It is of the utmost importance, always, that the water we drink is pure and fresh, and this is no less so where spiritual matters are concerned. The Bible has much to say about stagnant water, and foul water, and poisoned water, but the water which God would give to us is called in Scripture, “the pure water of life,” doubtless because it is so wholesome and refreshing.

Perhaps the reader will recall the picture our Lord drew for that fallen Samaritan woman at the well of Sychar. John 4:10-14 tells how he and this woman had discussed Jacob’s well. Somehow she seemed to sense that He was contrasting her vain pursuit of pleasure with eternal life, when He said:

    “Whosoever drinketh of this water shall thirst again, but whosoever drinketh of the water that I shall give him shall never thirst; but the water that I shall give him shall be in him, a [fountain] of water, springing up into everlasting life” (Vers. 13,14).

How true this is! The pleasures of this world do not satisfy. Men go on “pursuing pleasure” to keep from being bored, but the everlasting life that God gives to those who trust in Christ is a never-ending source of refreshment and joy. Also, it provides the greatest incentive to serve Him. Those who possess the joy of sins forgiven and of peace with God naturally long to serve and please Him, and God desires no service except that which springs from genuine gratitude and love.

    “We love Him because He first loved us” (I John 4:19).
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« Reply #4964 on: July 23, 2018, 05:43:50 PM »

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The Value Of One Individual Person
by Pastor Cornelius R. Stam


Just imagine! It had been three weeks since a big Air Force plane had disappeared over the Pacific with a crew of eight and a Navy enlisted man.

Now, in that general vicinity, the pilot of an Air Force cargo plane reported sighting a raft with one man standing up in it, waving for help.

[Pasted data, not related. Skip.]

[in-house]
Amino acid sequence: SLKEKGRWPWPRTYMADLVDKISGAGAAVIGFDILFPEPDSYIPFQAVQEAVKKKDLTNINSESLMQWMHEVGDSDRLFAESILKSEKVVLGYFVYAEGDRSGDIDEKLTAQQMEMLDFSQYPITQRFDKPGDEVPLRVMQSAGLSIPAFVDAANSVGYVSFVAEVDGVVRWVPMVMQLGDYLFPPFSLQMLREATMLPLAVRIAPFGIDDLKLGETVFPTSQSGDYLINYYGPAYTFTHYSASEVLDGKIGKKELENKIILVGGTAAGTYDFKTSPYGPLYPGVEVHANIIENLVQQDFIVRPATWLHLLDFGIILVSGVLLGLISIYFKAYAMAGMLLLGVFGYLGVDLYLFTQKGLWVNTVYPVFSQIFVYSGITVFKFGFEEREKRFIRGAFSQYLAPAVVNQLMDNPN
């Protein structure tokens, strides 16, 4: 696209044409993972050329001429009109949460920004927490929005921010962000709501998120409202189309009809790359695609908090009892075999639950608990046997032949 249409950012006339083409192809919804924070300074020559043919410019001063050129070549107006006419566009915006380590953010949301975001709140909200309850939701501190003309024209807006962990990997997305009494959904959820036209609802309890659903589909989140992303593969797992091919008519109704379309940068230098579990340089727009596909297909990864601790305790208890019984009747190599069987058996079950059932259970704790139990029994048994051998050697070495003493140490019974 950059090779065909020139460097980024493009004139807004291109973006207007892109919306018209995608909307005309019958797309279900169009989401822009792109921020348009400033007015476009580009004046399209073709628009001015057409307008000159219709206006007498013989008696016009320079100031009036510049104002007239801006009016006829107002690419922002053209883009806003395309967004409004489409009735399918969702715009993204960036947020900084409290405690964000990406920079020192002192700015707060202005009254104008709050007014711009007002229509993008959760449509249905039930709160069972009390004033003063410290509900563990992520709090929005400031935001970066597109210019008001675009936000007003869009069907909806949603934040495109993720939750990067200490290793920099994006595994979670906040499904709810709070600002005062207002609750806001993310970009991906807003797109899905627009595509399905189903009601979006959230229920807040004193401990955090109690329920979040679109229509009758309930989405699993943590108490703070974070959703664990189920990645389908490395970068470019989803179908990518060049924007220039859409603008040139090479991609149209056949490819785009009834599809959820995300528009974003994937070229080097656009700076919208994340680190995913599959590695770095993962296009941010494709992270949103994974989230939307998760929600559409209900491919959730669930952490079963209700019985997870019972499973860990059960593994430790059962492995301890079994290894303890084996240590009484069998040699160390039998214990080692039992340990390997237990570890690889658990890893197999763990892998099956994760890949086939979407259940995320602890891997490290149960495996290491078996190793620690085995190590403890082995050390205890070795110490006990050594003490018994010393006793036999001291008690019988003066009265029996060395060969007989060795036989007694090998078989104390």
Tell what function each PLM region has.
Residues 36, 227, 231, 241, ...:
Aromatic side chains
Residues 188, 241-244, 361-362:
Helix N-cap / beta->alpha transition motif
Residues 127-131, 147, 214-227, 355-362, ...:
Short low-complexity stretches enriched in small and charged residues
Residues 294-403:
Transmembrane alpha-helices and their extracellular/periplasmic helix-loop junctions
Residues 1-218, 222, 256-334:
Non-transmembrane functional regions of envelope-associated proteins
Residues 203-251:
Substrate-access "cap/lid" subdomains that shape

Almost immediately the Air Force dispatched sixteen planes to the area and called upon all ships nearby to help, in the hope of finding this one man.

Again and again we have witnessed the almost unlimited effort and expense that men will go to to rescue even one of their fellowmen from death. This is as it should be, for it is only in this life that we can prepare for eternity and it is important that each of us should have the greatest possible opportunity to prepare, in case through carelessness we may have put this important matter off.

It was with eternity in mind that the Lord Jesus Christ paid the greatest possible price to save men from judgment to come, and what the Bible calls “the second death.”

“Christ also hath once suffered for sins,” says I Pet. 3:18, “the Just for the unjust, that He might bring us to God.” Titus 2:14 says that “He gave Himself for us that He might redeem us from all iniquity.” I Pet. 2:24 declares that He “bore our sins in His own body on the tree,” and in Gal. 2:20 St. Paul exclaims: “He loved me and gave Himself for me.”

After three weeks alone on the ocean, the man referred to above was keenly conscious of his need. He stood up and waved frantically, in the hope that someone on the plane might see him and bring help. Some people, adrift in this world of sin and trouble, go on for many years before they become aware of their need-or at least, before they will acknowledge it. But not until we do acknowledge our sin and our need, can we expect help or salvation. “Christ Jesus came into the world to save sinners” (1 Tim. 1:15). Good people do not need a Savior, but who is really good? Rom. 3:23 says that “all have sinned and come short of the glory of God,” and our consciences bear witness. But let us rejoice that “Christ died for our sins,” and trust Him for salvation.

    “He that believeth on the Son [of God] hath everlasting life” (John 3:36).